Every weekend a group of people from different walks of life gathers to feed the homeless in Corpus Christi.
The Corpus Christi Caller-Times reports they do it for social justice.
They do it because they know homelessness could happen to them -- or maybe because it did.
They do it because of their religious beliefs.
Some do it simply to give back.
Tacos Not Bombs began feeding the homeless and low-income families about seven years ago.
Every Sunday the group gathers at Artesian Park and brings home-cooked meals, drinks, clothes and gently used books to donate.
The latest news from around North Texas.
"People enjoy it because the food is coming from someone's kitchen," said Chris Phelan, a contractor and Tacos Not Bombs member. "So, the love is there. It's family recipes."
Hundreds show up for the buffet-style feast.
Recently, the group also started to volunteer to cook and serve meals on Saturdays at the Corpus Christi Metro Ministries' Loaves and Fishes Cafeteria.
"(Tacos Not Bombs) started as an anti-war statement," Phelan said. "If we could afford to buy bombs and drop them on people then we could afford to feed the poor here."
Since then, the purpose of the group and its efforts have evolved, he said.
"We have built relationships with these folks that have been coming around for years," Phelan said. "A lot of these people are the most marginalized people on the streets. Sometimes these are people that can't go to a shelter to get food.
"Everyone eats with us," he said. "There are no requirements. Anyone in the community can come out and eat."
The group plans about a week in advance what kind of food they'll bring for the next gathering.
Jacob Hernandez, an entrepreneur and Tacos Not Bombs member, said some of the meals served have included enchilada casserole, rice and beans and barbecue. Most meals include dessert and a snack the recipient can take with them for later.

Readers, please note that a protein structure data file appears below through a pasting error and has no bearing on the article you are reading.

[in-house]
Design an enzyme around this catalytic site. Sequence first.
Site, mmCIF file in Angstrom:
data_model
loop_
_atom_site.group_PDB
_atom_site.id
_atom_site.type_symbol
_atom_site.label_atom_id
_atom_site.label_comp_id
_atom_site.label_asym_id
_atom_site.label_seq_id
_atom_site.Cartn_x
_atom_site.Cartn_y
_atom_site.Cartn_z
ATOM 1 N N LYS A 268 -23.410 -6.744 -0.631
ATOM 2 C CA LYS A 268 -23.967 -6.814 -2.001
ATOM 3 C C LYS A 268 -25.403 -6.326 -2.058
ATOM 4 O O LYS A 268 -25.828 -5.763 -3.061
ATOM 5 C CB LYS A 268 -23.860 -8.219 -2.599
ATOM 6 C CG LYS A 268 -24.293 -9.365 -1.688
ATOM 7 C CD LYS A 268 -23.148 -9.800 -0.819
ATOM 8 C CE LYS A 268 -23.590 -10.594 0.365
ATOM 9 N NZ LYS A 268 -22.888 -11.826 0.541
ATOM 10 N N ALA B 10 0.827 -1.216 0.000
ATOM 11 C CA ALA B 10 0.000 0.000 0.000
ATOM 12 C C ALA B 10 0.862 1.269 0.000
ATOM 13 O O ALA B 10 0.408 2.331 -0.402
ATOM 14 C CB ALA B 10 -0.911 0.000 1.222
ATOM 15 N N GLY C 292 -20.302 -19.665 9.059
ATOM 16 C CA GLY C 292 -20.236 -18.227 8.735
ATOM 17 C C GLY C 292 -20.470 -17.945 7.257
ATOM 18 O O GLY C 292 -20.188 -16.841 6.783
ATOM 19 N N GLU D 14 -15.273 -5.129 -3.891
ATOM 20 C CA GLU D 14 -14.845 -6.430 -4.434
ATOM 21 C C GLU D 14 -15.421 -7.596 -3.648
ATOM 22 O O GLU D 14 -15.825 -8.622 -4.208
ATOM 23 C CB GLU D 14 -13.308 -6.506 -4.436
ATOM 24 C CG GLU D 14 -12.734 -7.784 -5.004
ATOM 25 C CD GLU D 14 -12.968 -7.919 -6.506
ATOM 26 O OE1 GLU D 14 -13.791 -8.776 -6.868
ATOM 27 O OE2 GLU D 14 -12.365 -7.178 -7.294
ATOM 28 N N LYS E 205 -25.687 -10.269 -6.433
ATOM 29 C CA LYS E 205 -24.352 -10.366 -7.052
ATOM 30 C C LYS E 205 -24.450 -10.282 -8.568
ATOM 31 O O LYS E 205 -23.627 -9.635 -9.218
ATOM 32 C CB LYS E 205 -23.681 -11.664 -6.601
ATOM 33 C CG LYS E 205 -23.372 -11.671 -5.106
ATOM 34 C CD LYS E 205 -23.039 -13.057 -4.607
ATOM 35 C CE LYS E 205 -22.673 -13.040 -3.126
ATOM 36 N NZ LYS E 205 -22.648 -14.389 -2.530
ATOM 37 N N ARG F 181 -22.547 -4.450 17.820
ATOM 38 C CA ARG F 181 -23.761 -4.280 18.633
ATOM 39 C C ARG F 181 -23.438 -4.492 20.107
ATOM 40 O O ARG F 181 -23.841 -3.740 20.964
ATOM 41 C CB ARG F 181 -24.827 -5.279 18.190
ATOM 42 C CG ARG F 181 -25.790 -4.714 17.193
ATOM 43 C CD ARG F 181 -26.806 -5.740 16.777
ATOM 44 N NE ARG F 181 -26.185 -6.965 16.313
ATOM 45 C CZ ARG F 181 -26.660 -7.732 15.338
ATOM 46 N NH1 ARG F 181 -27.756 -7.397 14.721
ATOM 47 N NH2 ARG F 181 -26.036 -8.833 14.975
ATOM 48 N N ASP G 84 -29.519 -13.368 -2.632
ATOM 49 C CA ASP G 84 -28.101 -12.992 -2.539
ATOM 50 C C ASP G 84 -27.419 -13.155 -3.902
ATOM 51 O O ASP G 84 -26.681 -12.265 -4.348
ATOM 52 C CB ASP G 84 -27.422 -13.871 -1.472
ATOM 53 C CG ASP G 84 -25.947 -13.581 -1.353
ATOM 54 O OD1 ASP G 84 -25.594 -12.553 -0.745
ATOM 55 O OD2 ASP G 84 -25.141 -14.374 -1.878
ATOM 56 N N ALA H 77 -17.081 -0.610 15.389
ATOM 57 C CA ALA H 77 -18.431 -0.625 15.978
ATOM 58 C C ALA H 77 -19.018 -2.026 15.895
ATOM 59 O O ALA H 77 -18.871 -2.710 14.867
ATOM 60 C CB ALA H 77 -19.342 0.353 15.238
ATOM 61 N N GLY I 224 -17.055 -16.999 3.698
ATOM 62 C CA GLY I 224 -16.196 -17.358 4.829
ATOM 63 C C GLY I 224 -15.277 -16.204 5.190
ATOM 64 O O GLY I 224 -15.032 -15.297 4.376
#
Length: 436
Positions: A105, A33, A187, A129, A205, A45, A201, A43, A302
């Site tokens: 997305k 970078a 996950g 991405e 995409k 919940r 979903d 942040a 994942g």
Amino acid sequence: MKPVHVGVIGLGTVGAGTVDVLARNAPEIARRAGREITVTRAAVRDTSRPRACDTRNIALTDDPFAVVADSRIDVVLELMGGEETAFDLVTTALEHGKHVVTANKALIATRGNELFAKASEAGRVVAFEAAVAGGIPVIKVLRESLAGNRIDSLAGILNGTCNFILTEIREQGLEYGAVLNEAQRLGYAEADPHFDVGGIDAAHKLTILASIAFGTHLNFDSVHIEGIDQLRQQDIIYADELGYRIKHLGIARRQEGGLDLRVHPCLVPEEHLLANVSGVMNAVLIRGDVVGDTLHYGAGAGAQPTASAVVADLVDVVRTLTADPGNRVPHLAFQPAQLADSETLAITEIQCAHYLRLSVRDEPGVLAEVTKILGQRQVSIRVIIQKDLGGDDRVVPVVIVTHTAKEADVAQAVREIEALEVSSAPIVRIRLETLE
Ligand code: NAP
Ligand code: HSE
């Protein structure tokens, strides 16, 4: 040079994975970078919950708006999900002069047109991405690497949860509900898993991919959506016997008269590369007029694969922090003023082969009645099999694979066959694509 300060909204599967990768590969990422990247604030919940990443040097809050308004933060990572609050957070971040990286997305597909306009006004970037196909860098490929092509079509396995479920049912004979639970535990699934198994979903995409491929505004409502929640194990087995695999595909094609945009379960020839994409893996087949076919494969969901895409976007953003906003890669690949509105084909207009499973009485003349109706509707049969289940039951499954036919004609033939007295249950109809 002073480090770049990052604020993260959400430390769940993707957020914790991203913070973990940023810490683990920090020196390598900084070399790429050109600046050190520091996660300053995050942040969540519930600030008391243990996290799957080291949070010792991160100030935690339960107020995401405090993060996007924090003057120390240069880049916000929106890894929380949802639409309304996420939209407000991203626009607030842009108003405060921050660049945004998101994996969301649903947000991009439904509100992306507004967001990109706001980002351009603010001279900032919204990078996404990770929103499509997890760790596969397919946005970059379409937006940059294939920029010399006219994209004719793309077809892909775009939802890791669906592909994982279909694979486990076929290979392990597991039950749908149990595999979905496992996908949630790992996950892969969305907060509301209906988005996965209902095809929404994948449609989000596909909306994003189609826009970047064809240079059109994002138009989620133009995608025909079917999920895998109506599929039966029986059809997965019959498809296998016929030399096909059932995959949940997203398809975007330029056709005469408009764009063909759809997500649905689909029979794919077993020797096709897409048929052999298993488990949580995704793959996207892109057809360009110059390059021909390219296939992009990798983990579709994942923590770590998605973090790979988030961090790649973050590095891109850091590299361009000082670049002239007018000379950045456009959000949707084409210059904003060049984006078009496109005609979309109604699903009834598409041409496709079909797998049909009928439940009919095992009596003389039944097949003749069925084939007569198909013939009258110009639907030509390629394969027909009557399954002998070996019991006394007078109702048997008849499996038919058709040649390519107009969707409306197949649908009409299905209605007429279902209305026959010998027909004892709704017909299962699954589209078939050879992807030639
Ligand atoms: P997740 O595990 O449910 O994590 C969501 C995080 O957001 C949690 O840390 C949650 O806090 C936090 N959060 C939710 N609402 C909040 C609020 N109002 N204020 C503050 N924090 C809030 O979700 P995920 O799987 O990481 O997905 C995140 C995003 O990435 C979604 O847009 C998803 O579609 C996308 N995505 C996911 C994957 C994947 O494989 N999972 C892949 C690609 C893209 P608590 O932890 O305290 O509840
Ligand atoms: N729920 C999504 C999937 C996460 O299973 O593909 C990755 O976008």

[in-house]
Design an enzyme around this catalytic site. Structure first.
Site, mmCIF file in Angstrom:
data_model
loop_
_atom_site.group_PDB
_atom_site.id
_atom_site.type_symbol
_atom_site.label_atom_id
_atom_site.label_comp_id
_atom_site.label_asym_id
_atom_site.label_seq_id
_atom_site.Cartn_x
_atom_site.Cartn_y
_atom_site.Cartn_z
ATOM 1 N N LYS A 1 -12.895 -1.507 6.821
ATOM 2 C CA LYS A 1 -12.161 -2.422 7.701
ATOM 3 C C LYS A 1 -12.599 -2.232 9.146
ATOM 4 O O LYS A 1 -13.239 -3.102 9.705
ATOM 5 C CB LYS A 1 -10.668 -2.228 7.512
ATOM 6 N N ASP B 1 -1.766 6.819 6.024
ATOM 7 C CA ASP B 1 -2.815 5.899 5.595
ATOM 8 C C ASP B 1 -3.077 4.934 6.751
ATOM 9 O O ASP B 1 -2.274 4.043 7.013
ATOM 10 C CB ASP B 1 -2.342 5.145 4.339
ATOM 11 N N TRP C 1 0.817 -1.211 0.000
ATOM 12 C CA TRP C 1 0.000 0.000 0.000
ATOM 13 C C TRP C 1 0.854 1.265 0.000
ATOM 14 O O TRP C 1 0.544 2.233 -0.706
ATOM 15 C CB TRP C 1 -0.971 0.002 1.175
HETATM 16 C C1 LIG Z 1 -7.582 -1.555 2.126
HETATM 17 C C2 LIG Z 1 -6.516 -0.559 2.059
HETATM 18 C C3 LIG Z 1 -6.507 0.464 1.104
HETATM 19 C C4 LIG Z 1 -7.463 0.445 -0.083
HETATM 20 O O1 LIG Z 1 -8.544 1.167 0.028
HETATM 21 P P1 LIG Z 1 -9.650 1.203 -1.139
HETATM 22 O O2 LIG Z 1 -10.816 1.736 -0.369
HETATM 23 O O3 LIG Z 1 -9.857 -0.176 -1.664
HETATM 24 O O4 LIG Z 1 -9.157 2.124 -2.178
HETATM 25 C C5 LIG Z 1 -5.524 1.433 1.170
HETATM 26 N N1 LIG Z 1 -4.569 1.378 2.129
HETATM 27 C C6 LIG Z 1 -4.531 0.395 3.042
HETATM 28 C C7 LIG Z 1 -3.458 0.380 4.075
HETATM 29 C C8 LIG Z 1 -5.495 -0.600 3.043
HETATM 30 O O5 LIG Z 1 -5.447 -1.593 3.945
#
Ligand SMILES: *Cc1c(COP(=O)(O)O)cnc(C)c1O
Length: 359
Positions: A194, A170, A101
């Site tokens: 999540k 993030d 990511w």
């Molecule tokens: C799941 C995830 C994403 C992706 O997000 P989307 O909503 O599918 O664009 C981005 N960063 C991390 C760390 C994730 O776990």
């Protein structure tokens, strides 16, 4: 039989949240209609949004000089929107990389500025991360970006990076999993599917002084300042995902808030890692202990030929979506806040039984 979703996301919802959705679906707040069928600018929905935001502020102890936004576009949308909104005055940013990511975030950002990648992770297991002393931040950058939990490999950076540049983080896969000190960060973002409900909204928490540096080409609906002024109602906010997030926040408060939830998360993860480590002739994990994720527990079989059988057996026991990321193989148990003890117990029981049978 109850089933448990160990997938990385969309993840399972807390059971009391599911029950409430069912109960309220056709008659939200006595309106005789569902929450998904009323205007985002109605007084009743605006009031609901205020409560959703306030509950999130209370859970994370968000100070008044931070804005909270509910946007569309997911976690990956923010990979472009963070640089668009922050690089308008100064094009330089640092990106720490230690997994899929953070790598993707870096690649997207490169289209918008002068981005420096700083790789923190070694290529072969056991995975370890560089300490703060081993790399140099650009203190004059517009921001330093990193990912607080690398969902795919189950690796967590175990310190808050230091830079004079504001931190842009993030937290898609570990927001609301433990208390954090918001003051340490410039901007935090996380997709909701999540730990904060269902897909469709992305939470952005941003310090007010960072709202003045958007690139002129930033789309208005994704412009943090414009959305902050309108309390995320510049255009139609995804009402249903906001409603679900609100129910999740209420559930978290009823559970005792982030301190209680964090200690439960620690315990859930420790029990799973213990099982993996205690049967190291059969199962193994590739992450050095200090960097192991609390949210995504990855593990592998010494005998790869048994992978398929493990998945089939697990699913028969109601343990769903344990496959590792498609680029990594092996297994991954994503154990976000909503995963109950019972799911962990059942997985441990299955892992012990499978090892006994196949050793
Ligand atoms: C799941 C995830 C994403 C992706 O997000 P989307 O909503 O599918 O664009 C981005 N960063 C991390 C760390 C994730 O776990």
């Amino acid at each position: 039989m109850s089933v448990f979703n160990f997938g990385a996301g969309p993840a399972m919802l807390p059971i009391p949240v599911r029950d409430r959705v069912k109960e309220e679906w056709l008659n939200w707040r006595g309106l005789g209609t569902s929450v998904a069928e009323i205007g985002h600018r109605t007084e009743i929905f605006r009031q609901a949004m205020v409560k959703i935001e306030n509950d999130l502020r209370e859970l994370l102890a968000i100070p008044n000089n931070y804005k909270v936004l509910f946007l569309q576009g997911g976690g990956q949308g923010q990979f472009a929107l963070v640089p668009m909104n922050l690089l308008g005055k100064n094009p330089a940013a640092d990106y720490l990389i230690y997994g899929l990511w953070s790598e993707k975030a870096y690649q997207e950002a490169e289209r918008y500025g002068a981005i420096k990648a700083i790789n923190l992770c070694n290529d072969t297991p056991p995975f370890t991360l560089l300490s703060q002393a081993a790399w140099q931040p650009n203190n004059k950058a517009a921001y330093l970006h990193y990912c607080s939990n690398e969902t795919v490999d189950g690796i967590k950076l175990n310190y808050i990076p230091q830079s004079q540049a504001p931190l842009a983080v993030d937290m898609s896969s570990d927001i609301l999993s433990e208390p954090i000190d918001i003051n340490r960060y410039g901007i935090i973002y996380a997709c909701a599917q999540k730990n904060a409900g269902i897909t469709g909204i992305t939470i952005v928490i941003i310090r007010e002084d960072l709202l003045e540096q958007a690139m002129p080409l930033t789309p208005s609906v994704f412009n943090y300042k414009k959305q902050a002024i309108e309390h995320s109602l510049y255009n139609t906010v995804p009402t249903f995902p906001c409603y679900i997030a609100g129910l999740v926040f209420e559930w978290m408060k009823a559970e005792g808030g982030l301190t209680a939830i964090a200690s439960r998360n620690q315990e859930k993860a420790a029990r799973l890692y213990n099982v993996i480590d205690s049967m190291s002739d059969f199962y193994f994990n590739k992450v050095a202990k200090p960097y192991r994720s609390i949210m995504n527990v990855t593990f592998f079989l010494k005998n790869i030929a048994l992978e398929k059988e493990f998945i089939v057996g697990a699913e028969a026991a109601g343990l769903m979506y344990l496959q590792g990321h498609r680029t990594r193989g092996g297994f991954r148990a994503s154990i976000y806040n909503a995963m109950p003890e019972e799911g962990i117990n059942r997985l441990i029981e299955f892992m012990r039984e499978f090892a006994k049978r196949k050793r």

"People look forward to it; people start lining up early," Hernandez said. "People are usually grateful that we are there every Sunday because without us there some of them won't eat."
Hernandez said there are at least 30 active members and volunteers in the group -- and they'll welcome more.
"We need more help. The people need it and the streets need it," Phelan said. "We don't have regular meetings or anything. If you want to be part of it, you can come and you're involved."
The men said the group's purpose is simply to help.
Tacos Not Bombs also tries to do outreach and give out information about any other resources people may need, like veterans services.
Sherry Rader Boehme and her husband saw the group's efforts featured on TV a couple of years ago and decided to help, she said.
She is a retired school teacher from North Texas and when she moved to Corpus Christi she was eager to volunteer.
"When I joined a year ago we served around 50 to 60 men, women and children each week. Our numbers have increased to between 120 to 150 each week," Rader Boehme said. "It is a lot of work to prepare for those numbers, but we do it from our heart. We love to see the happy and fulfilled faces on all of our friends."
She became a part of the group because she wants to see people have something to look forward to each week.
"We want them to have a meal to feed their hungry bodies, and smiles and some conversation to know there are people who do truly care about them," she said.
Tacos Not Bombs will continue to volunteer at Loaves and Fishes Cafeteria every fourth and fifth Saturday of the month, Corpus Christi Metro Ministries CEO Patty Clark said.
"I believe that our partnership is a model for others to follow," Clark said. "I invite other groups to join us as we seek to feed and serve the least, the last and the lost in our community."